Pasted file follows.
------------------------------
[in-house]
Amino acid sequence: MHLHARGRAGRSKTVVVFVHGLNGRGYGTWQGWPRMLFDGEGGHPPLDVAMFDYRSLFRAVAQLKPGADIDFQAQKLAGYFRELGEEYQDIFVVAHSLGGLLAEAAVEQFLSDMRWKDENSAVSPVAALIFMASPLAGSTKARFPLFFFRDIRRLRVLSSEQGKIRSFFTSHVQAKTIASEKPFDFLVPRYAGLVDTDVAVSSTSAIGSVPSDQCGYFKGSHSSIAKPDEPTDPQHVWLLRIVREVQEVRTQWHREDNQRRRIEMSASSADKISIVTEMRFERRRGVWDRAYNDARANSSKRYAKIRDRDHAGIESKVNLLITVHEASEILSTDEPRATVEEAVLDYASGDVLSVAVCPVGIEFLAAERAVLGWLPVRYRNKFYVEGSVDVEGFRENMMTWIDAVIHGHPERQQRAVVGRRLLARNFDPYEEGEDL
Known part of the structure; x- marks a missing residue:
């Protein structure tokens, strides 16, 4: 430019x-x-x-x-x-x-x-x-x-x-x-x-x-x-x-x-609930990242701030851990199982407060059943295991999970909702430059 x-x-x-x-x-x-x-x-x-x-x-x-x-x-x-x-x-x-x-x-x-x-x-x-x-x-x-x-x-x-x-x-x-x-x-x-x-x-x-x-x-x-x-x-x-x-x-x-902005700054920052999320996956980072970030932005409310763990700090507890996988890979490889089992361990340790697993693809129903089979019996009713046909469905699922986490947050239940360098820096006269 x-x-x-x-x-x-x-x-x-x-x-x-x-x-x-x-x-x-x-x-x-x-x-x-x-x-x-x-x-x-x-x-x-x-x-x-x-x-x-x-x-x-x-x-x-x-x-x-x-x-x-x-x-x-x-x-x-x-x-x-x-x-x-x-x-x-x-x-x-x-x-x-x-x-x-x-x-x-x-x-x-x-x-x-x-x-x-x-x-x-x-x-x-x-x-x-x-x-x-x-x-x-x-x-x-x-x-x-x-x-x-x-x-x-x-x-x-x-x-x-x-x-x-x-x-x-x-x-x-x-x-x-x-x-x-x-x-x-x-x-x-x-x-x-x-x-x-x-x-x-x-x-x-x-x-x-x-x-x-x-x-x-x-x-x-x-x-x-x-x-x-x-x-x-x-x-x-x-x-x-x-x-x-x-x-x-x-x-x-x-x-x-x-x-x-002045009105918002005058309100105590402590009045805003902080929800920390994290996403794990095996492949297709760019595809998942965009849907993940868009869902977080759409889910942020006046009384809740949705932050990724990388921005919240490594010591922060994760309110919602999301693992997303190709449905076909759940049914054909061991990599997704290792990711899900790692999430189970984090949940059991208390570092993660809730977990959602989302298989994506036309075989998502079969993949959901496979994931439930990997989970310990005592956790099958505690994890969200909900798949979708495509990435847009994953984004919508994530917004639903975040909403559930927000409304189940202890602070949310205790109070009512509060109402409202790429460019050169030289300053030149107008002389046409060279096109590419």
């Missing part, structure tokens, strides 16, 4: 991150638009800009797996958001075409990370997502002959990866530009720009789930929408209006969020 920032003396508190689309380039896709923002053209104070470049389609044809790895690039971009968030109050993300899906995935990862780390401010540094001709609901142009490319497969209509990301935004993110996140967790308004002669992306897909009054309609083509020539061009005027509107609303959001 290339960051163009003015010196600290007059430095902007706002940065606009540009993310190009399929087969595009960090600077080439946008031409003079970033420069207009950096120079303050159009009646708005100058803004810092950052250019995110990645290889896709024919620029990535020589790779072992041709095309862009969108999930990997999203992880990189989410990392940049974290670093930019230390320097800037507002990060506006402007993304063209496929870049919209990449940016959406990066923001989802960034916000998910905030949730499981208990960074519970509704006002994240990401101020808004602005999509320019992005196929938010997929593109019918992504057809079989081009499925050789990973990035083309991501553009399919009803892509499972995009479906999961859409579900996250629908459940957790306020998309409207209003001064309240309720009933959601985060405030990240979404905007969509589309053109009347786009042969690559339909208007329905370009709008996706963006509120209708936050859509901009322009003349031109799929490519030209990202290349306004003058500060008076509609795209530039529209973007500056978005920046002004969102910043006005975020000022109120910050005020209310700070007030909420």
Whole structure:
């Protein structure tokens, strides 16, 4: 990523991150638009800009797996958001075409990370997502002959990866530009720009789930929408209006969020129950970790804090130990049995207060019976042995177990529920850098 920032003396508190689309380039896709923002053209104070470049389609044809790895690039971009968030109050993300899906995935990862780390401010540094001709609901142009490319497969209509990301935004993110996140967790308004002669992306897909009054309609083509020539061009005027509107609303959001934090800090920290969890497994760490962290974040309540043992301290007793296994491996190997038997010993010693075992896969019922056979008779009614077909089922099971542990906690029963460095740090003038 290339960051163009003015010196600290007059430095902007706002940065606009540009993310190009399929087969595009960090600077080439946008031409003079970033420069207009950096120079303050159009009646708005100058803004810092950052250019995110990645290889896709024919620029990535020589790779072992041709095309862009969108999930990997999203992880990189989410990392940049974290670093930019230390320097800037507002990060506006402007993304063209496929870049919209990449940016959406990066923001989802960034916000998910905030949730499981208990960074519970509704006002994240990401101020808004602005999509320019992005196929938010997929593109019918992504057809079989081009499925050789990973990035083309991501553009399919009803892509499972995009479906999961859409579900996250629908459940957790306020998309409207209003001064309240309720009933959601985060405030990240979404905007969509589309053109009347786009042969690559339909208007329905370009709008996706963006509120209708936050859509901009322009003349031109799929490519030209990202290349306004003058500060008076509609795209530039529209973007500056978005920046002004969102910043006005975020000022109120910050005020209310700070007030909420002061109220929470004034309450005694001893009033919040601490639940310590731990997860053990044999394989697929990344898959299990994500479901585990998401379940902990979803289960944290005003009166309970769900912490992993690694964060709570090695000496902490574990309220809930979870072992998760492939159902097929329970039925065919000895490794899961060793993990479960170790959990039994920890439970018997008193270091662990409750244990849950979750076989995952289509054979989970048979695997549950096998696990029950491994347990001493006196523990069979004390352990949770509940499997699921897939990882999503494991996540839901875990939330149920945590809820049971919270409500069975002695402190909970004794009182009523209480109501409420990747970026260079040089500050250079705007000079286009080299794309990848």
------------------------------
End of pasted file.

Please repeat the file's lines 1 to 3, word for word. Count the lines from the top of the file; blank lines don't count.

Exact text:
[in-house]
Amino acid sequence: MHLHARGRAGRSKTVVVFVHGLNGRGYGTWQGWPRMLFDGEGGHPPLDVAMFDYRSLFRAVAQLKPGADIDFQAQKLAGYFRELGEEYQDIFVVAHSLGGLLAEAAVEQFLSDMRWKDENSAVSPVAALIFMASPLAGSTKARFPLFFFRDIRRLRVLSSEQGKIRSFFTSHVQAKTIASEKPFDFLVPRYAGLVDTDVAVSSTSAIGSVPSDQCGYFKGSHSSIAKPDEPTDPQHVWLLRIVREVQEVRTQWHREDNQRRRIEMSASSADKISIVTEMRFERRRGVWDRAYNDARANSSKRYAKIRDRDHAGIESKVNLLITVHEASEILSTDEPRATVEEAVLDYASGDVLSVAVCPVGIEFLAAERAVLGWLPVRYRNKFYVEGSVDVEGFRENMMTWIDAVIHGHPERQQRAVVGRRLLARNFDPYEEGEDL
Known part of the structure; x- marks a missing residue: